The United Nations Security Council has passed a resolution significantly tightening sanctions on North Korea.

The decision, which was delayed on 1 March at the request of Russia, took place on 2 March and approved the mandatory inspection of all cargo entering and leaving the North, in addition to a blanket ban on Pyongyang exporting mineral resources.

Additional people and companies have also been added to the sanctions list, including the expulsion of North Korean diplomats partaking in sanctioned activities, while the sale of conventional weapons to the country is prohibited.

Put forward by the US, and with the support of China, the approved sanctions are believed to be far harsher than those previously imposed on Iran in order to limit the country's nuclear programme.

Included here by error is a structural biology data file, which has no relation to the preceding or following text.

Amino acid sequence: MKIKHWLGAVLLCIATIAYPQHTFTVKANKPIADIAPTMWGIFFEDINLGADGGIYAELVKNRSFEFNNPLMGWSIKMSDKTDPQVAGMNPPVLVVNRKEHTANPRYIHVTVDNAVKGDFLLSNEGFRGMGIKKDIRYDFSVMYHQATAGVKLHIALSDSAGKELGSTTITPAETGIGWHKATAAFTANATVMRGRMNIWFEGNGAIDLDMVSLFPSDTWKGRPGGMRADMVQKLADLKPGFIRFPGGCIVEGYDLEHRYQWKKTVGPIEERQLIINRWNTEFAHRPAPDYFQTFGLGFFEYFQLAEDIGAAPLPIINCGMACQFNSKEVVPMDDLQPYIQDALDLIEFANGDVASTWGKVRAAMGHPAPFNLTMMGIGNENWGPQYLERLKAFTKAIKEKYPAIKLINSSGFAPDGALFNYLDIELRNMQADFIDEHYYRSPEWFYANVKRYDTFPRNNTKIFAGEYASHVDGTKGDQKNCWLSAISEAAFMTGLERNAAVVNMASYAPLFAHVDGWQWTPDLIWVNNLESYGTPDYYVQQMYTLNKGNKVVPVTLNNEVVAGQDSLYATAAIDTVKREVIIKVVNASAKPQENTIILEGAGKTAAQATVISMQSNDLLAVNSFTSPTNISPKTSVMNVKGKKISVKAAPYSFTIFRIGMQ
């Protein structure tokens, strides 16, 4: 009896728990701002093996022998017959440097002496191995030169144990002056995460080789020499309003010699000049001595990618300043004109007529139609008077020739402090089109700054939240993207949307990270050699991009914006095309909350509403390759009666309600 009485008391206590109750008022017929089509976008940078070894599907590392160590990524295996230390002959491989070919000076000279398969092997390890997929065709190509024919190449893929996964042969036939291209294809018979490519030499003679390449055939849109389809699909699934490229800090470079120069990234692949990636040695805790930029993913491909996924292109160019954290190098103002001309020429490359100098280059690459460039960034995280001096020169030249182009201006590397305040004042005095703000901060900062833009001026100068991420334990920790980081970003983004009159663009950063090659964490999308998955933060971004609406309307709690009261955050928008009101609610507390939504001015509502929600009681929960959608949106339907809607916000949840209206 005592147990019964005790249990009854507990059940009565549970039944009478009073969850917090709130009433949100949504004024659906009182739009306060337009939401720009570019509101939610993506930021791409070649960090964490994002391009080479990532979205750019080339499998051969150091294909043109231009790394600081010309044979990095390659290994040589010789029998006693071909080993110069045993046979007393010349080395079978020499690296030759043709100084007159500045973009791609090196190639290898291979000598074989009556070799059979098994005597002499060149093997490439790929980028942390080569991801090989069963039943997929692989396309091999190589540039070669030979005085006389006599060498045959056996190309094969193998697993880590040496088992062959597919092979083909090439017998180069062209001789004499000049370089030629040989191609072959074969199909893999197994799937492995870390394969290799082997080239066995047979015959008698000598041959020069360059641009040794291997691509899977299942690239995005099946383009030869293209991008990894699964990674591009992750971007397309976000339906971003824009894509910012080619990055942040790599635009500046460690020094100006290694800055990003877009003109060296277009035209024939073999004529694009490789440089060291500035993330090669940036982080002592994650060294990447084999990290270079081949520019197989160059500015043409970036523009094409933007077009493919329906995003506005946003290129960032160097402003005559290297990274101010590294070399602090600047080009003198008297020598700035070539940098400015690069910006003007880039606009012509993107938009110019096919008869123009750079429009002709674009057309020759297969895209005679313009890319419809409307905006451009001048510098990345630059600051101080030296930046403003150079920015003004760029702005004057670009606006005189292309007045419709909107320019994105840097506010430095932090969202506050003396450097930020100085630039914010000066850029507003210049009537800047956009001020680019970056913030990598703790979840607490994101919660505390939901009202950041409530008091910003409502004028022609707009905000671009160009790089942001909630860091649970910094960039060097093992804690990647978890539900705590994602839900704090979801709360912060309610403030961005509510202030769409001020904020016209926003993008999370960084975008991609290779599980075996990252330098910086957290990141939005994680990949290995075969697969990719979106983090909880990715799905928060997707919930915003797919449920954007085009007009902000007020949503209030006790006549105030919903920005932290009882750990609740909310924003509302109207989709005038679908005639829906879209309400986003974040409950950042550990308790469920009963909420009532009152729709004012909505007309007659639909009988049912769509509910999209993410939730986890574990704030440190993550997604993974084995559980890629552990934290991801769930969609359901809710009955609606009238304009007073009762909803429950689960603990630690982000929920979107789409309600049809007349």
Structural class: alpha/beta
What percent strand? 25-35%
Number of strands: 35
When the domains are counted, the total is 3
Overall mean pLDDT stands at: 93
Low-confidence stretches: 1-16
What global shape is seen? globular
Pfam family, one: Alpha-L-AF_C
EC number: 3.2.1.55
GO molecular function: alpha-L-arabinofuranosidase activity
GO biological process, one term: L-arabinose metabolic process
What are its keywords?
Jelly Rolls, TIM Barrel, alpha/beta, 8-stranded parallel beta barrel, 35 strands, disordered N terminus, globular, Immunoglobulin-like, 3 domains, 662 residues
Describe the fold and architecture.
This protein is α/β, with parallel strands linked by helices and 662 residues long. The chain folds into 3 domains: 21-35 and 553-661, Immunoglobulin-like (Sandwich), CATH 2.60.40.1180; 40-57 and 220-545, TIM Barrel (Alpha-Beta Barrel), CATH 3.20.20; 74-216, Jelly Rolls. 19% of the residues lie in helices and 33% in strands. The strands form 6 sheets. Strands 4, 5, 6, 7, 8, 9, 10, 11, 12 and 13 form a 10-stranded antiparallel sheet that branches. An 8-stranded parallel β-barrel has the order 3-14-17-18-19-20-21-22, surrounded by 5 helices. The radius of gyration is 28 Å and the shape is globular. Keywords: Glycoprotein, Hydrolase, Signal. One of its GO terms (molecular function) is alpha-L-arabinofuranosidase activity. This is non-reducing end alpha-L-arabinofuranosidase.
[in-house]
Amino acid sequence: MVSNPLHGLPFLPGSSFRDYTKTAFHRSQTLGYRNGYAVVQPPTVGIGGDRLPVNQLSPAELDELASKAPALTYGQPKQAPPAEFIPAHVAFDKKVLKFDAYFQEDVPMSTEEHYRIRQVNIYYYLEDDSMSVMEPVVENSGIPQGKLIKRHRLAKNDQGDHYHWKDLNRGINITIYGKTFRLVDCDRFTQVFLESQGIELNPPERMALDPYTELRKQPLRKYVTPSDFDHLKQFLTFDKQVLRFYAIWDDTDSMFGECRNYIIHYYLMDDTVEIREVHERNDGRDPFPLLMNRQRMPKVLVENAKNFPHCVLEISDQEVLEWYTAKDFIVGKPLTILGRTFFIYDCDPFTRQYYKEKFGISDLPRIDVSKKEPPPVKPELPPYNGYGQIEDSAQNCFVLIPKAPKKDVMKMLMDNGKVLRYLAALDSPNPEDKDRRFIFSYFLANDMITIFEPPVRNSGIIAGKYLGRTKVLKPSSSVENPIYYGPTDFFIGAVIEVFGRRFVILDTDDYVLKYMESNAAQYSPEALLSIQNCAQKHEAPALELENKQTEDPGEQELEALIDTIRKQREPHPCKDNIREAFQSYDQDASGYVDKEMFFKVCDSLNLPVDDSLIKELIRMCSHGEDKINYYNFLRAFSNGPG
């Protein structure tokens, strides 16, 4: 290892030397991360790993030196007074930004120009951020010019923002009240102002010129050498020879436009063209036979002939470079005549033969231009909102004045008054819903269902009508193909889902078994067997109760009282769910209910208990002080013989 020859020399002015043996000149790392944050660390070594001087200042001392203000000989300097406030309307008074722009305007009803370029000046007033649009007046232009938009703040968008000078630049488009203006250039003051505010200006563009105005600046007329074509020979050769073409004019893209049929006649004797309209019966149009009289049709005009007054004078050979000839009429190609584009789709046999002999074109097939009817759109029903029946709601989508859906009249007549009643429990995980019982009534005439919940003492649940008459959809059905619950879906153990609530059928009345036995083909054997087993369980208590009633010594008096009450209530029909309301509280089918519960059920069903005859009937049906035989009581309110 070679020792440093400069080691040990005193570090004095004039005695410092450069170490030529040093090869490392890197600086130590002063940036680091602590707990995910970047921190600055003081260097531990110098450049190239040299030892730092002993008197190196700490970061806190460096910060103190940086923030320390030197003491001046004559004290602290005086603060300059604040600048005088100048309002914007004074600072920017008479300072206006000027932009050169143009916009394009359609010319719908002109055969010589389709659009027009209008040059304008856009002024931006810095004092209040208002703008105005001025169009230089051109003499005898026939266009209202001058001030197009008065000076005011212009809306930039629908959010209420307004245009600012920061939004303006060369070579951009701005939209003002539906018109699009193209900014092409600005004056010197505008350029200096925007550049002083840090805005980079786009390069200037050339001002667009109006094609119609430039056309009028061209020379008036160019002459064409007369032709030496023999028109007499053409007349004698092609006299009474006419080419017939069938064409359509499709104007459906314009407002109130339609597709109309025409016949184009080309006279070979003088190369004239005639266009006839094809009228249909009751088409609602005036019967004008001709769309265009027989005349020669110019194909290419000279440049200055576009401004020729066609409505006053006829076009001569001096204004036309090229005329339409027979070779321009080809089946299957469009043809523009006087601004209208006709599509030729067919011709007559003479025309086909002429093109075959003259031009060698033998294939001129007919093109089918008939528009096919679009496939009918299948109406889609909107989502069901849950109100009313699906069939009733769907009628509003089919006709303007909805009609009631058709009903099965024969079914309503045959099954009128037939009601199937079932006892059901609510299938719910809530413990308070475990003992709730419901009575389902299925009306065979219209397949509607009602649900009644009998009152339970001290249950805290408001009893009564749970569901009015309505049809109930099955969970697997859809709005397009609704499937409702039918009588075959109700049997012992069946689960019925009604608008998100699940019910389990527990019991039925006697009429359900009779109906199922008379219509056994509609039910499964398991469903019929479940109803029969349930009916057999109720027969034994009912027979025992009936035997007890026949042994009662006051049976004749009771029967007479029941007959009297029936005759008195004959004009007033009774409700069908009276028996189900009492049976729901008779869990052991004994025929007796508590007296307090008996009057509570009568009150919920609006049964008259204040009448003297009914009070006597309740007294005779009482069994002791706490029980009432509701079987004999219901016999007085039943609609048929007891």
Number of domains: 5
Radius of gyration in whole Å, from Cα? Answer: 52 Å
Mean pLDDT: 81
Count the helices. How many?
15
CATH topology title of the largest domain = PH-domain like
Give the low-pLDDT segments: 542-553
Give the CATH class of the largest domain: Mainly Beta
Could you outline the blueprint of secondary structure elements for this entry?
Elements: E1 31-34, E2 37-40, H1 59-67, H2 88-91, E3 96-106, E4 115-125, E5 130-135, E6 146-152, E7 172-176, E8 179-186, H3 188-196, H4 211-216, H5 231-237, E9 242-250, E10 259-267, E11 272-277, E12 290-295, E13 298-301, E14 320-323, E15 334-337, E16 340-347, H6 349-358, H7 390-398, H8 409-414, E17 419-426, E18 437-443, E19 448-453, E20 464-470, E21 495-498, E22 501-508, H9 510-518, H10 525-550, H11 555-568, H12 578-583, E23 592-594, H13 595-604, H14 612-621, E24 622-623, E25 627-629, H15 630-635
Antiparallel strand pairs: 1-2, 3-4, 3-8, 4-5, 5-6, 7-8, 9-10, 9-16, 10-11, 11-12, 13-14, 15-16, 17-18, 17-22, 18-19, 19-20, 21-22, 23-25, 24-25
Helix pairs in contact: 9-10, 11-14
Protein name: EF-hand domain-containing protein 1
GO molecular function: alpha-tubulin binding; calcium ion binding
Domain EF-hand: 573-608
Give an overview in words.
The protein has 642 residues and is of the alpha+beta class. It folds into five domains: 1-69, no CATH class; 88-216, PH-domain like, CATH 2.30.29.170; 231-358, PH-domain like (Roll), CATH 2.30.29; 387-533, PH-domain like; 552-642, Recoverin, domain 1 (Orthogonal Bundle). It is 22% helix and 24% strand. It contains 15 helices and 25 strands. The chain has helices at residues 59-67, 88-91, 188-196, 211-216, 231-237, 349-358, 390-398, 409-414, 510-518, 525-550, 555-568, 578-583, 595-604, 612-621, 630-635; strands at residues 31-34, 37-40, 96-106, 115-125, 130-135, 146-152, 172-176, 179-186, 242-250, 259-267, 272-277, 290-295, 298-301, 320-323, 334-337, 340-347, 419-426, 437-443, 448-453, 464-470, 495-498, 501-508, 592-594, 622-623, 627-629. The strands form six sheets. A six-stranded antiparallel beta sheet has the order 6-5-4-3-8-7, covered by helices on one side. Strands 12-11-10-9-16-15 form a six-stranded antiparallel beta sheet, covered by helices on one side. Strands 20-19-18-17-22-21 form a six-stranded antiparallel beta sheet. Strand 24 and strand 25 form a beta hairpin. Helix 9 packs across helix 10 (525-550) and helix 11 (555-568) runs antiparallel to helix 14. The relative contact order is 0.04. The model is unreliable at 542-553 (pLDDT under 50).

And the ruling on North Korea comes less than two months after Pyongyang declared it had carried out a successful test of a hydrogen bomb – although this was widely disbelieved at the time.

In a telephone interview with the Washington Post, the US ambassador to the United Nations Samantha Power said: "Irrespective of whether they change their calculus tomorrow, it's going to be a lot harder for them to access the technology, the know-how and the money they've used to fuel their nuclear programme.

"This is really going to dramatically increase the isolation of the regime, and increase the cost of maintaining this programme."

It is believed the sanctions are aimed at targeting the country's ruler Kim Jong-un and regime rather than poorer citizens, although it is not clear exactly how the harsher sanctions will affect people on the ground.